No Foreign Bases – Sign up now for the conference to close the bases

No Foreign Bases

Sign up now for the conference to close the bases

Jan. 12 – 14, 2018, Univ. of Baltimore
Bahman Azad, Ajamu Baraka, Maurice Carney, Bernadette Ellorin, Sara Flounders, Will Griffin, Matthew Hoh, Patricia Hynes, James Jordan, Margaret Kimberly, Hyun Lee, Ray McGovern, Lucy Pagoada, David Vine, Phil Wilayto, Ann Wright


Find the Armistice Day event nearest you:


A New Armistice Day

Exactly at the 11th hour of the 11th day of the 11th month, 99 years ago, people across Europe suddenly stopped shooting guns at each other. Up until that moment, they were killing and taking bullets, falling and screaming, moaning and dying. Then they stopped, on schedule. It wasn’t that they’d gotten tired or come to their senses. Both before and after 11 o’clock they were simply following orders. The Armistice agreement that ended World War I had set 11 o’clock as quitting time.

And then the world had a party, the likes of which we have not seen or dreamed of — a party now in bad need of a sequel.

Each year, for a lot of years, there was a remembrance on November 11th. The U.S. Congress called Armistice Day a holiday to “perpetuate peace through good will and mutual understanding between nations,” a day “dedicated to the cause of world peace.” When churches rang their bells at 11:00, that’s what they meant. And they meant it right up until the war on Korea, the one the North Koreans all still remember with shudders of horror. And then Congress turned Armistice Day into Veterans Day, and veterans into props for marketing more wars and a permanent state of war preparations.

What we need now is a brand new armistice. Pick a day and a time, I don’t care when. Pick 11-11-11 again — why not? — and plan a party like it’s Armistice 99.

I’m serious. What would happen if, at that hour, the United States and Saudi Arabia ceased bombing Yemen? What if the ports opened and the food and the doctors and the journalists rushed into that hell to begin undoing the damage? What would be the harm in that?

What if, at that very hour, guns ceased to fire, drones ceased to buzz, bombs and white phosphorus ceased to fall across the world, in Afghanistan, Syria, Iraq, Libya, Somalia, Pakistan, the Philippines, Niger, Congo, Sudan, Mexico, Kenya, Turkey? What would be the harm? Who would miss the carnage? Who would object to the biggest force for death and disease and famine and environmental destruction taking a pause? Who would protest an end to the central justification for secretive and authoritarian government?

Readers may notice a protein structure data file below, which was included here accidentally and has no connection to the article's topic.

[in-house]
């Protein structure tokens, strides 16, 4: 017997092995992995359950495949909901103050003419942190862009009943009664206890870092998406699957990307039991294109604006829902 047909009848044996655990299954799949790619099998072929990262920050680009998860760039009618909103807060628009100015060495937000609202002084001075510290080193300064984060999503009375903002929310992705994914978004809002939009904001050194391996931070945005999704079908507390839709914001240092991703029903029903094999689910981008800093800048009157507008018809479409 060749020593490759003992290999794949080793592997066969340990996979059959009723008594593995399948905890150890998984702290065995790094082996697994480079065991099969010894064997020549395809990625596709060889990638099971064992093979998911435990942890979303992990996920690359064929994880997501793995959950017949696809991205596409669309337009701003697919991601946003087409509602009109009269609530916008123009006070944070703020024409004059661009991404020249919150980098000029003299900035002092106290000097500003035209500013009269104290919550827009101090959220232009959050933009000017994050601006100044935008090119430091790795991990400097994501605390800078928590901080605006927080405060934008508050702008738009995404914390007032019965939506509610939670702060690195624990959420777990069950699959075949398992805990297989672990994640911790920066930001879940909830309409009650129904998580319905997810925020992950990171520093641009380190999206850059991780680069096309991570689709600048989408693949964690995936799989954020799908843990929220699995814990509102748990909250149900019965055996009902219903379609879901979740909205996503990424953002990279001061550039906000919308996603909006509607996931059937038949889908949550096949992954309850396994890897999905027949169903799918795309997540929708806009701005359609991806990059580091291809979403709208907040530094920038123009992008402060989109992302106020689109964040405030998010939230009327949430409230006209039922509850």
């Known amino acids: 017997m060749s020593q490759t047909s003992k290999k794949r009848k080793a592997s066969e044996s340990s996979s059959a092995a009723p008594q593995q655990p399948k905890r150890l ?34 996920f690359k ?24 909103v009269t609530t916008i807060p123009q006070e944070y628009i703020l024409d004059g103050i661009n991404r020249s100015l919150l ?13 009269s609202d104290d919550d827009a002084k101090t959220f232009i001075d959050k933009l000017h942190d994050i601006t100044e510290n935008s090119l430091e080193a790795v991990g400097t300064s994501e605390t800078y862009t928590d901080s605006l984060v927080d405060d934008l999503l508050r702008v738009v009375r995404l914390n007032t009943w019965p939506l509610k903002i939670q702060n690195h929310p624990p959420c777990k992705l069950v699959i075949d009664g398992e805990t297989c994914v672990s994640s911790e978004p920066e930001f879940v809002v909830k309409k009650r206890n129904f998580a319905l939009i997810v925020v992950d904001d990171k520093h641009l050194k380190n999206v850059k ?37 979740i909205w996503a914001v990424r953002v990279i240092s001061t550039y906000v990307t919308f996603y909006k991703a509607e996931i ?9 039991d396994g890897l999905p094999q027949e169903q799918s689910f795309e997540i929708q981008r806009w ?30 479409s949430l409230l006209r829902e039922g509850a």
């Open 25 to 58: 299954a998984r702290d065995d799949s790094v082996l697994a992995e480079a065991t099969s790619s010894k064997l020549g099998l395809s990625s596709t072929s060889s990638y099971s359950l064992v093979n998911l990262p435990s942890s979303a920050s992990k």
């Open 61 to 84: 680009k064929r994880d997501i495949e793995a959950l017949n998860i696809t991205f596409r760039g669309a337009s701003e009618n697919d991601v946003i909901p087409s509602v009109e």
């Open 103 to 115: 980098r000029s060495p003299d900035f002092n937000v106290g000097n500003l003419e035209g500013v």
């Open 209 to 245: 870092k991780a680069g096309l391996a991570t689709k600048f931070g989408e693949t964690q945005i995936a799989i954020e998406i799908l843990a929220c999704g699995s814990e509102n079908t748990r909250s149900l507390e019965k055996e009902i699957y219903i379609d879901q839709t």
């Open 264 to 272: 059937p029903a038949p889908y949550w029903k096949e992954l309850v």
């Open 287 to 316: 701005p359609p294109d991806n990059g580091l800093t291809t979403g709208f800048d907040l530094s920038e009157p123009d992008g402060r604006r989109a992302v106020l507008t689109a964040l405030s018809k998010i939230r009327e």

Armistice Day 99 would mean a miraculous transformation in the lives of many millions of people through the ending of wars we hardly hear about, plus the end of all the threats of new wars that we do hear about. New wars cannot be threatened in the Armistice Era. Instead, the bases and troops and weapons and provocations that risk the new wars have to be shut down, brought home, and converted into beneficial and sustainable enterprises.

Instead of Veterans For Peace groups hiring lawyers to argue for their right to participate in Veterans Day parades — part of the annual tradition for many years now — they could hire musicians for the celebration!

Kurt Vonnegut, a U.S. World War II veteran, wrote in 1973: “Armistice Day has become Veterans’ Day. Armistice Day was sacred. Veterans’ Day is not. So I will throw Veterans’ Day over my shoulder. Armistice Day I will keep. I don’t want to throw away any sacred things.”

Let’s create such things anew.


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One thought on “No Foreign Bases – Sign up now for the conference to close the bases

  1. Reblogged this on United States Hypocrisy and commented:
    The United States has somewhere between 800-1,000 military bases located in foreign countries across the globe, a reality that certifies the U.S.’s position as the world’s preeminent imperial power in an era of anti-imperialist consciousness. The rest of the world combined by contrast has just 30 foreign bases. Building and maintaining such a vast empire is a costly affair. The so-called “defense” budget accounts for just under 1/4 of the nearly $4 trillion annual U.S. budget. As noted in CounterPunch, “Direly needed investments in infrastructure, education and social programs are neglected at the expense of runaway military costs outside the country.”
    Military spending makes up more than 55% of all discretionary spending in the U.S. federal budget, and the cost of maintaining the foreign bases alone amounts to $120 billion. To put this into perspective, that’s “four times the amount spent on Social Security, Unemployment & Labor ($29 billion); nearly twice as much as Housing and Community ($63 billion); four times as much as Science ($30 billion); and 1.7 times as much as Education ($70 billion).”
    That’s to say nothing of the extraordinary human cost that those whose lives have been negatively impacted and torn apart to make way for these bases. Over many decades the U.S. military “and its personnel have committed many atrocities. Overwhelmingly, the crimes go unnoticed and the perpetrators go unpunished.” Ethnic cleansing and sexual exploitation are an inevitable result of the conquering of so much land for empire-building.

    Further reading:

    New US Military Bases: Side Effects or Causes of War?
    The Worldwide Network of US Military Bases
    How U.S. Military Bases Abroad Undermine National Security and Harm Us All

    Liked by 1 person

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